The Voyager: Encouragement for Life's Journey
Below you will find articles from our Church's leadership meant to encourage you and give you insight into questions about life, faith, and God.
“If you have raced with men on foot and they have wearied you, how will you compete with horses?” Jeremiah 12:5a
God is the biggest visionary of all. He envisions the minutest details of your life and how they fit with his grand vision of all creation restored to its original purpose. He is orchestrating those details and taking you on a journey of your complete restoration to the purpose for which you are created. On this journey you will continually be discovering who he created you to be.
There are a few things that God has taught me on my journey that have made me into the person I am today. He has taught me how to love well, how to trust him even when it hurts, and how to live from the place of knowing I am loved by Him. I have a lot more to learn, but I am so grateful for these lessons. Nothing I’ve done for the Lord has been as important as learning to become who he has created me to be, and that sense of being is what has allowed me to participate in his vision of loving people into their purpose.
It is my passion to help people rise above the impossibility of their situation into abundant life and the destiny that God has planned for them. Too often I’ve seen people, including myself, miss opportunities to realize more of their destiny. It is not the outside obstacles that trip us up, although it is easy to point to those things as the reason for our “can’t do” attitude. It is the inner issues of the heart; fear, self-pity, offense, pride, that so often way lay us and take us on a detour through the wilderness for 40 years when we could have gone right into the promised land. Another lesson I have learned on my journey is that the outward obstacles we come up against can be our scapegoat for why we can’t move into our purpose or they, through the grace of God, can serve to mold us into people of destiny. Destiny, at the end of the day, is not about what we do but about who we are becoming.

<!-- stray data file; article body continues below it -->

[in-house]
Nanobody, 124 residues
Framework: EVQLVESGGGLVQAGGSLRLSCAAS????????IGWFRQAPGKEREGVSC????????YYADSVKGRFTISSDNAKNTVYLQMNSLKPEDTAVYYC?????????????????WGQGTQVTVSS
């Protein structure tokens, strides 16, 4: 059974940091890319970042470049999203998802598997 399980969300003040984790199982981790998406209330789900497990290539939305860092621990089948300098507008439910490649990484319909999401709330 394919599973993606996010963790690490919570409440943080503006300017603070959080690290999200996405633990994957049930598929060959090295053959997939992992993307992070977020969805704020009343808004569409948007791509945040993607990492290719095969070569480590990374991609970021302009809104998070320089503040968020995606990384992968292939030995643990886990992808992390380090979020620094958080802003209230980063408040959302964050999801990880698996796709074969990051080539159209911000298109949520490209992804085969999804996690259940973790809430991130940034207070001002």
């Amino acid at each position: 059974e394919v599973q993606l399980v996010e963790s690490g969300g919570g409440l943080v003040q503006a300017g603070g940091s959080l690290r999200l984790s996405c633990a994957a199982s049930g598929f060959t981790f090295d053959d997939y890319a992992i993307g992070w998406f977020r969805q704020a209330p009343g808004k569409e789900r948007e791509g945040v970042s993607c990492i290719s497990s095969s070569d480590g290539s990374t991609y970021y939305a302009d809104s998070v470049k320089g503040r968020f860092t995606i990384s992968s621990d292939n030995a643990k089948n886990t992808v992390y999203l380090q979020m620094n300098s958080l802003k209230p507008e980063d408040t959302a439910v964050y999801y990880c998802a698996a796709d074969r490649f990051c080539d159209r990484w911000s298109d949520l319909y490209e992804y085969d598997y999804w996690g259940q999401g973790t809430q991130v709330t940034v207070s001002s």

In Jeremiah 12 the prophet voices a complaint to the Lord. He asks, “Why does the way of the wicked prosper?” I’ve asked similar questions before. It usually goes something like this, “Why is this so hard? Am I doing it wrong? Is there a shortcut? Does this ever get easier?”
God’s answer to us is “I never said it would be easy, but will you trust me that it will be worth it?”
God, knowing that the process is difficult, will give us promises to hold onto during the journey. However, it is our choice whether we will embark on the journey he has called us to. During the journey, our mind is renewed so that we are able to carry the anointing and destiny God has for us. We begin to think like God thinks, recognize his will, and expel the lies we believe that keep us from carrying out his will. That is why I say destiny is more about who you are becoming than what you are doing. But it is not just in the process that we will be tested – even in the realization of our dreams we will continue to face challenges. That’s why we need the process. It’s the process of realizing destiny that develops the strength in us to steward our destiny. It never gets easy, but it is always worth it.